Apart from an early experiment in atonalism in his String Quartet which he later described as "full of undigested Bartók and Schoenberg,” Walton's major essays in chamber music are his ‘String Quartet in A Minor’ and the ‘Sonata for Violin and Piano.’ The former was originally commissioned by the BBC in 1939, but it was not until the end of WWII that Walton set to work. The premiere took place in 1947 as part of BBC broadcast by the Blech String Quartet, followed the next day by a concert performance. It’s tightly structured form and often rapturous model of expression marked it as Walton's most substantial work of the 1940s, while also raising the status of the modern British string quartet to new heights. His biographer Michael Kennedy describe the piece as "a sure sign that he had thrown off the trammels of his cinema style and rediscovered his true voice.” In the opinion of Adams in Grove's Dictionary, it is one of Walton's supreme achievements.
David Flynn is an Irish composer and musician with a number of major awards and commissions to his name who divides his time between Ireland and New Zealand.Many of his works music merge the influence of traditional Irish music with contemporary classical music and jazz. He is also a multi-instrumentalist who works across many genres including classical, jazz, rock, and traditional Irish music, with guitar being his main instrument.
’Slip’ won the Composer’s Award at the Huddersfield Contemporary Music Festival in 2005, which then offered him a commission to write a string quartet around it. It later became the first movement of his second String Quartet. Corinna Connor’s informative programme notes are worth quoting at length - “‘Slip’ exemplifies Flynn’s approach to synthesising the classical ensemble with ‘techniques, modes, rhythms, and feelings common to traditional Irish music’ but avoids the quotation of traditional melodies, or any elements of pastiche. The distinctive techniques used by Donegal fiddlers, especially the vehement, almost aggressive, bowing style, is apparent throughout … repeated figurations and frequent metre changes suggest the influencer of late-twentieth-century musical minimalism but infused with warmth and wit.”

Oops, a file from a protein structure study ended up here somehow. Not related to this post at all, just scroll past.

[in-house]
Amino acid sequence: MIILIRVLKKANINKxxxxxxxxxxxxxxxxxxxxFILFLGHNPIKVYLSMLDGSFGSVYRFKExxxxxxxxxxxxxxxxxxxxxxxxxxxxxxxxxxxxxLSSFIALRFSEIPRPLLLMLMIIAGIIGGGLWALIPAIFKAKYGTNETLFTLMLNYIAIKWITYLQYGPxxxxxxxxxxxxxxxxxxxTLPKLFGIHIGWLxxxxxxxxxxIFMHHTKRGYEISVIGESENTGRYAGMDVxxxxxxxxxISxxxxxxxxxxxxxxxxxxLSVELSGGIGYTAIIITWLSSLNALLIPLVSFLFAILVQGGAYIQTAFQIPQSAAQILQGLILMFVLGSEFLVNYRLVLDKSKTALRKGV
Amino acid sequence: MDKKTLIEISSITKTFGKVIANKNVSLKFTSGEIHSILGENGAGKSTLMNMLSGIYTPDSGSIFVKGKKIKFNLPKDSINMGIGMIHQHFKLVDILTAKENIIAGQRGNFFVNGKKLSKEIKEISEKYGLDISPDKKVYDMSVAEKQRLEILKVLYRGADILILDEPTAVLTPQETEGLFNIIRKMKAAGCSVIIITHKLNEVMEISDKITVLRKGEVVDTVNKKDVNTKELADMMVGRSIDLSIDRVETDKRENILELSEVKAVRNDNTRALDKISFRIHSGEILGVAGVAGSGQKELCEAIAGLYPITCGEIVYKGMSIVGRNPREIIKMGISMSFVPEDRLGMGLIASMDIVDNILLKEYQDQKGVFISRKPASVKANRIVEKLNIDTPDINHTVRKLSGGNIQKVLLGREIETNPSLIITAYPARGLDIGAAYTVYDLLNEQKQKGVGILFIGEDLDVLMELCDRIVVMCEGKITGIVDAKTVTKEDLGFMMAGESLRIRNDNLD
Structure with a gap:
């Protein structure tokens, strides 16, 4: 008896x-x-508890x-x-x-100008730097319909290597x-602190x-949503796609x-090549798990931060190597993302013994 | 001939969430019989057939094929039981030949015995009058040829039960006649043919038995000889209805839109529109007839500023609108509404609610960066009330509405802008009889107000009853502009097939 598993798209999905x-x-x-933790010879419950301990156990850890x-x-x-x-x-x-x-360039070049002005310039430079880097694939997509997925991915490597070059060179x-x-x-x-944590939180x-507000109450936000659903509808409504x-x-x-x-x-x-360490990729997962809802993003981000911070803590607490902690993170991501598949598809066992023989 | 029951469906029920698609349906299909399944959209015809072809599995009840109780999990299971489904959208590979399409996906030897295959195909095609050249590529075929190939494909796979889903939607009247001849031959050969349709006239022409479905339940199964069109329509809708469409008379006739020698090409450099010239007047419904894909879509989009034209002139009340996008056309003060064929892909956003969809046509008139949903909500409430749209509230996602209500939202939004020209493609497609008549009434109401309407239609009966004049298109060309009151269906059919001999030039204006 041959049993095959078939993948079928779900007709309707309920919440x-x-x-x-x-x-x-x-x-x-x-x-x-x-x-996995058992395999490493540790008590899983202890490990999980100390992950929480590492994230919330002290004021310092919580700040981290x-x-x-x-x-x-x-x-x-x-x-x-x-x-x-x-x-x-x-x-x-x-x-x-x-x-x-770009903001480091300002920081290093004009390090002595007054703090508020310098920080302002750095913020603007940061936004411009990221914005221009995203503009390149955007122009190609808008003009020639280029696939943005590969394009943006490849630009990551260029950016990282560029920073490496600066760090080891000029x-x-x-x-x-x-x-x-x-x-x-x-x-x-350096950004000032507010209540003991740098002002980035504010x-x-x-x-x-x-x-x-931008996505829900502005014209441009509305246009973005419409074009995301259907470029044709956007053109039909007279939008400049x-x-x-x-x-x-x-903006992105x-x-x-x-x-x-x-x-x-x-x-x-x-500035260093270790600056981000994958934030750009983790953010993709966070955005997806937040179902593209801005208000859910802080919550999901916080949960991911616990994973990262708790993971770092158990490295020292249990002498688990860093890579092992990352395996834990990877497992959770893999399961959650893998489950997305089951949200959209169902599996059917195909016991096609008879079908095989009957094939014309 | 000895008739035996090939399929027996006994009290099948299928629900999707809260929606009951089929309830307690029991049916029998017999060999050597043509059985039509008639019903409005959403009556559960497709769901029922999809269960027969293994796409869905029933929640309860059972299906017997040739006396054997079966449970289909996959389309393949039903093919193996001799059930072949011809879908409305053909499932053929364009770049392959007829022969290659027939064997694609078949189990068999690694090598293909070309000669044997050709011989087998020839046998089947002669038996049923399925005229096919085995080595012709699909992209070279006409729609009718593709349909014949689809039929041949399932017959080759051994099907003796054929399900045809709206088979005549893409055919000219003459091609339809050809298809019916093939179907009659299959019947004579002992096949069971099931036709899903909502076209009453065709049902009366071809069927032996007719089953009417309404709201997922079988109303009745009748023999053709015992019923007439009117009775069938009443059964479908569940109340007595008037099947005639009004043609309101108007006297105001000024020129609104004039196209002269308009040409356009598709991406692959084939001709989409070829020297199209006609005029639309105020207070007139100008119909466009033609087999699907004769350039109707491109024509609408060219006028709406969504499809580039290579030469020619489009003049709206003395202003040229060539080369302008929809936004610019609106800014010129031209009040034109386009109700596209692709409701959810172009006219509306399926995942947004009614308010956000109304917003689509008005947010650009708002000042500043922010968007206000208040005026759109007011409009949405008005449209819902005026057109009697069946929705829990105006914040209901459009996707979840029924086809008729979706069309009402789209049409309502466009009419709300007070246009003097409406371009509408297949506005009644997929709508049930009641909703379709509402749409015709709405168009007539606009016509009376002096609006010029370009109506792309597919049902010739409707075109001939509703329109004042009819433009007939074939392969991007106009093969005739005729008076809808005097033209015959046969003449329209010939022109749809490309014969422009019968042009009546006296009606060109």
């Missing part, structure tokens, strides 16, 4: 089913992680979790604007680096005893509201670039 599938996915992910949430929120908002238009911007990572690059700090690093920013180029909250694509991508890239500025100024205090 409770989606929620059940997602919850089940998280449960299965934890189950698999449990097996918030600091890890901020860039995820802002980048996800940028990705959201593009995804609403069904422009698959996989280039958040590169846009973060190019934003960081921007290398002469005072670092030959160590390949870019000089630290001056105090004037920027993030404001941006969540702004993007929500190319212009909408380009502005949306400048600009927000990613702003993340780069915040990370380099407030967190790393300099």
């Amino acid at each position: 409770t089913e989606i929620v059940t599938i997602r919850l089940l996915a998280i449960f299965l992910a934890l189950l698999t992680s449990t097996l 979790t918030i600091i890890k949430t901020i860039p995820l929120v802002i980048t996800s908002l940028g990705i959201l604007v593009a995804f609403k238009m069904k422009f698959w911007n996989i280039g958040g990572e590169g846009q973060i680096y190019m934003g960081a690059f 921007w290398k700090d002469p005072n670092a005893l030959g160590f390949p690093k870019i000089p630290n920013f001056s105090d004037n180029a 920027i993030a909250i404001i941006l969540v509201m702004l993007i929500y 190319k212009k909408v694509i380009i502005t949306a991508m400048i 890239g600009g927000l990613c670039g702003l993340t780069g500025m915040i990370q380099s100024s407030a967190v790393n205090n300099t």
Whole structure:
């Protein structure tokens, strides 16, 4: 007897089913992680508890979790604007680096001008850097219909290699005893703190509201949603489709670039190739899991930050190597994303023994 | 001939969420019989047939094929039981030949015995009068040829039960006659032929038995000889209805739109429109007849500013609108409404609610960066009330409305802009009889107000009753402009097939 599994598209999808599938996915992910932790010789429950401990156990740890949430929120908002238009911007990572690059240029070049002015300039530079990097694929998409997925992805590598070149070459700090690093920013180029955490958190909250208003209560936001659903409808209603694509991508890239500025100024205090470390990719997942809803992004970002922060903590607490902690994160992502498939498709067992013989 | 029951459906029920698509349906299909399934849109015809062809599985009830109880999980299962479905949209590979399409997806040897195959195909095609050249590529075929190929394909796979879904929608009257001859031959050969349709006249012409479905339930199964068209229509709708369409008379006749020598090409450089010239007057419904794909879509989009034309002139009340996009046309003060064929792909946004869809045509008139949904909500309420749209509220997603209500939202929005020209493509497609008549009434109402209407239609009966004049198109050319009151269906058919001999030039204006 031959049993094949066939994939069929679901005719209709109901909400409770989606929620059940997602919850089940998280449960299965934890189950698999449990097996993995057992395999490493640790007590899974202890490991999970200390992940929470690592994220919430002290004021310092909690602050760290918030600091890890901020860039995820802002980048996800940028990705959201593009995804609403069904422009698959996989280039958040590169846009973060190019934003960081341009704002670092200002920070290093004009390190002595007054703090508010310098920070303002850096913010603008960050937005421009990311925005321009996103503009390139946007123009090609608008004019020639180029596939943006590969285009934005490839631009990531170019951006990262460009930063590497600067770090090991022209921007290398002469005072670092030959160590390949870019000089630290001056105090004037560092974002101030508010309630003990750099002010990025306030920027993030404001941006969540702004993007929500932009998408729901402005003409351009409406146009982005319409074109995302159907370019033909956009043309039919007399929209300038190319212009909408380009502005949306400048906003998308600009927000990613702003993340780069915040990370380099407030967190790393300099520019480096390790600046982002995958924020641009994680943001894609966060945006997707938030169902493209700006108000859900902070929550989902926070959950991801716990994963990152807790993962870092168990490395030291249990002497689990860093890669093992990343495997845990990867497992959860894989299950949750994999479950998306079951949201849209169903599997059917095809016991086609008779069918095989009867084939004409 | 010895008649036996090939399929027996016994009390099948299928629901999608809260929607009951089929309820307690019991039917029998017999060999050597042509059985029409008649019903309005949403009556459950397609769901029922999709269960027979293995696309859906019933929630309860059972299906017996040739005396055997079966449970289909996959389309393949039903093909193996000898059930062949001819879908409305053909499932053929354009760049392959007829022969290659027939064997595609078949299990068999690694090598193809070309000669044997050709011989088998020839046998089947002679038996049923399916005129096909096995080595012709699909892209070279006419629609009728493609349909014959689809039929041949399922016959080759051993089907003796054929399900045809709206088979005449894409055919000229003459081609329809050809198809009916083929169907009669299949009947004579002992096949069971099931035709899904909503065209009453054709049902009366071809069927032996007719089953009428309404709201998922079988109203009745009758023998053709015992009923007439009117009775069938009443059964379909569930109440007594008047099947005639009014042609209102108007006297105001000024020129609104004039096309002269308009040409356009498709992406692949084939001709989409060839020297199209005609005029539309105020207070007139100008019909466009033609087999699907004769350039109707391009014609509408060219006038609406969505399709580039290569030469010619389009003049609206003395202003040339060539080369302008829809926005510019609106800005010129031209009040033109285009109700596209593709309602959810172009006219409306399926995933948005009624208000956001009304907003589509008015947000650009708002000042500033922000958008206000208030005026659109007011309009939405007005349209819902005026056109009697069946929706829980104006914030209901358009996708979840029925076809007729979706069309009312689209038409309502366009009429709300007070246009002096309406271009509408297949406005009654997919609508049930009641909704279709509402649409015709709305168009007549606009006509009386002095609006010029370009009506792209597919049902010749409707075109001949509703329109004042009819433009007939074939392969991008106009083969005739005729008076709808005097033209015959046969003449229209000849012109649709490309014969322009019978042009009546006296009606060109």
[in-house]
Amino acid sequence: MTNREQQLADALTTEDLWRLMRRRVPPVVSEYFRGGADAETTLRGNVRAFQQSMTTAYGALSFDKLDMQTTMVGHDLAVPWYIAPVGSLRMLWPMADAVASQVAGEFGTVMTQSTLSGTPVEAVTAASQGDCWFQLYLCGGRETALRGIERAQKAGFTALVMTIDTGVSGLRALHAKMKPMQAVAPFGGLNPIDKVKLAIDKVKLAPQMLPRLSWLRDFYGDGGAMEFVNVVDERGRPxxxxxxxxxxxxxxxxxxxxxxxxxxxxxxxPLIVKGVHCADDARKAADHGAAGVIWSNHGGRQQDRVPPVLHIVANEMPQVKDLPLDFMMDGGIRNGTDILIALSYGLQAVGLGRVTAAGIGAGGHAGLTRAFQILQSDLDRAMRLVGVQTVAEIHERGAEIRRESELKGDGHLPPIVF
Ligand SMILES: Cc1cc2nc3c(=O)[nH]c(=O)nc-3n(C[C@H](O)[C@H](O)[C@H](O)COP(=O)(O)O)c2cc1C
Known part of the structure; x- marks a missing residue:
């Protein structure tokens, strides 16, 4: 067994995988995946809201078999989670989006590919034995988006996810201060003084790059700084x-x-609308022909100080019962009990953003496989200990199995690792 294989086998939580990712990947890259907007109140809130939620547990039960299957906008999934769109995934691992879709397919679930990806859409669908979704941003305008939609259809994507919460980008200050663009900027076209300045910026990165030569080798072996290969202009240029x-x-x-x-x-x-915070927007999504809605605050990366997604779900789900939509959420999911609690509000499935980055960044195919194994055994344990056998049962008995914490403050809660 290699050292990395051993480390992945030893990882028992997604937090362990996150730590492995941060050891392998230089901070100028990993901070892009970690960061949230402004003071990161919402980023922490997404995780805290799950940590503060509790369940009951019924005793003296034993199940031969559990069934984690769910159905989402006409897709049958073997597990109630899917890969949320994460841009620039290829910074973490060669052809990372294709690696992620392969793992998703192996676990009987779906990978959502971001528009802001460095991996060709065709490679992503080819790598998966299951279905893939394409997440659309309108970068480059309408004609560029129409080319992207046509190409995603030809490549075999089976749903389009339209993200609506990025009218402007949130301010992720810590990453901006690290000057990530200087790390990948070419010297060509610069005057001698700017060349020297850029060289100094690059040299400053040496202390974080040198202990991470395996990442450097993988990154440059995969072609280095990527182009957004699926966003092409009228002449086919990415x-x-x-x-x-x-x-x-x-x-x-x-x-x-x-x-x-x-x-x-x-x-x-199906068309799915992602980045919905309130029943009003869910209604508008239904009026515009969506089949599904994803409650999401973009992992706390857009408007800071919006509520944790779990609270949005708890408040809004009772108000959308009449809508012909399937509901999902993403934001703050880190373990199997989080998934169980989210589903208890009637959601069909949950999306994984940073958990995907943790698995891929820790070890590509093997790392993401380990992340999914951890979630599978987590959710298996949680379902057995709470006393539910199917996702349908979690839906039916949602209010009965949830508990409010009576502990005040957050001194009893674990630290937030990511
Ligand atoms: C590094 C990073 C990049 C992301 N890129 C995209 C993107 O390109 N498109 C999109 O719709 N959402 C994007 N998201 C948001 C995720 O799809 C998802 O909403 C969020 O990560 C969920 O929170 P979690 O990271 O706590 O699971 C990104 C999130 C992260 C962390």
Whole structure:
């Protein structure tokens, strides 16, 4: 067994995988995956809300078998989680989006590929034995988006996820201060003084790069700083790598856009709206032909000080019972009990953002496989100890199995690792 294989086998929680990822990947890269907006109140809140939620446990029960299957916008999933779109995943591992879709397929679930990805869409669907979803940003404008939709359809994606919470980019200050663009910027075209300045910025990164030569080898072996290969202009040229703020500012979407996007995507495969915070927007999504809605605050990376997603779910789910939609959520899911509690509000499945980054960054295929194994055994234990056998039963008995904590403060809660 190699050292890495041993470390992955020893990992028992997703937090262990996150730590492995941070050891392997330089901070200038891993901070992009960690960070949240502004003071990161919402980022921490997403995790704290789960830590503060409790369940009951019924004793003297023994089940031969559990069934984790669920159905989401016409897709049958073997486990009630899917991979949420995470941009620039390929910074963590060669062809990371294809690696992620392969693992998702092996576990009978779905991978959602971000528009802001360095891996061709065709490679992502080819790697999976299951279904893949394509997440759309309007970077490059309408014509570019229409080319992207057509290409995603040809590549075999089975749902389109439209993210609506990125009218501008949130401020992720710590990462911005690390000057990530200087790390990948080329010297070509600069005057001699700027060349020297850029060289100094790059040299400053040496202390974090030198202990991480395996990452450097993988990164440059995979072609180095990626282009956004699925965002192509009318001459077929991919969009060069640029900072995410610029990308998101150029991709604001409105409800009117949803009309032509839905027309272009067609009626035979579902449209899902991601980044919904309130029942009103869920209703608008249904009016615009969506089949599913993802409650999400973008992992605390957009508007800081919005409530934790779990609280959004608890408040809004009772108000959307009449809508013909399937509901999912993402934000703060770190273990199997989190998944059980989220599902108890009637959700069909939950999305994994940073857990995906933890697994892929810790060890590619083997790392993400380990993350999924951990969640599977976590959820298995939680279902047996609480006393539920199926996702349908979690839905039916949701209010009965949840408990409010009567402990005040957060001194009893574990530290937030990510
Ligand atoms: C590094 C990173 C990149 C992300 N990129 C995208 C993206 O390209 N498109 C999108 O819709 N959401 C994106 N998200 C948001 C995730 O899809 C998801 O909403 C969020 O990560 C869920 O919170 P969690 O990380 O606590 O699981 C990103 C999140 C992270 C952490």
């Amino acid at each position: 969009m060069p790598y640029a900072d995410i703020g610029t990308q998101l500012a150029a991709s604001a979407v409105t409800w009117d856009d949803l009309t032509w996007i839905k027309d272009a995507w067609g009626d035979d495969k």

Such adventurous programming, performed with such proficiency and verve, is precisely what we have come to expect from the NZSQ, now celebrating its 35h season. Helen Pohl and Monique Lapins on violins, Gillian Ansell on viola and Rolf Gjelsten on cello have steadily developed an international reputation for their insightful interpretation, compelling communication, and dynamic performing style. The Quartet has cultivated a rich repertoire and discography, including a variety of New Zealand music and composers’ cycles from Beethoven to Bartok, as well as theatrical presentations encompassing spoken word and dance, from Haydn’s ‘Seven Last Words’ to Schoenberg’s ‘Transfigured Night.’ All members of the Quartet teach at the New Zealand School of Music and run the Adam Chamber Music School Nelson.
Held in the beautifully restored Hunter Council Chamber on the Victoria University campus, the handsome surroundings complemented their performance perfectly. The concert was not visually appealing, however, but also displayed plenty of musical passion and harmonic consistency, as well as a high degree of dynamic interaction between both the players and the music. This fresh, virtuoso, and engaging approach admirably displayed the Quartet’s deep sense of synchronicity and harmony and produced a considered excitement about playing together that left their audience yearning for more.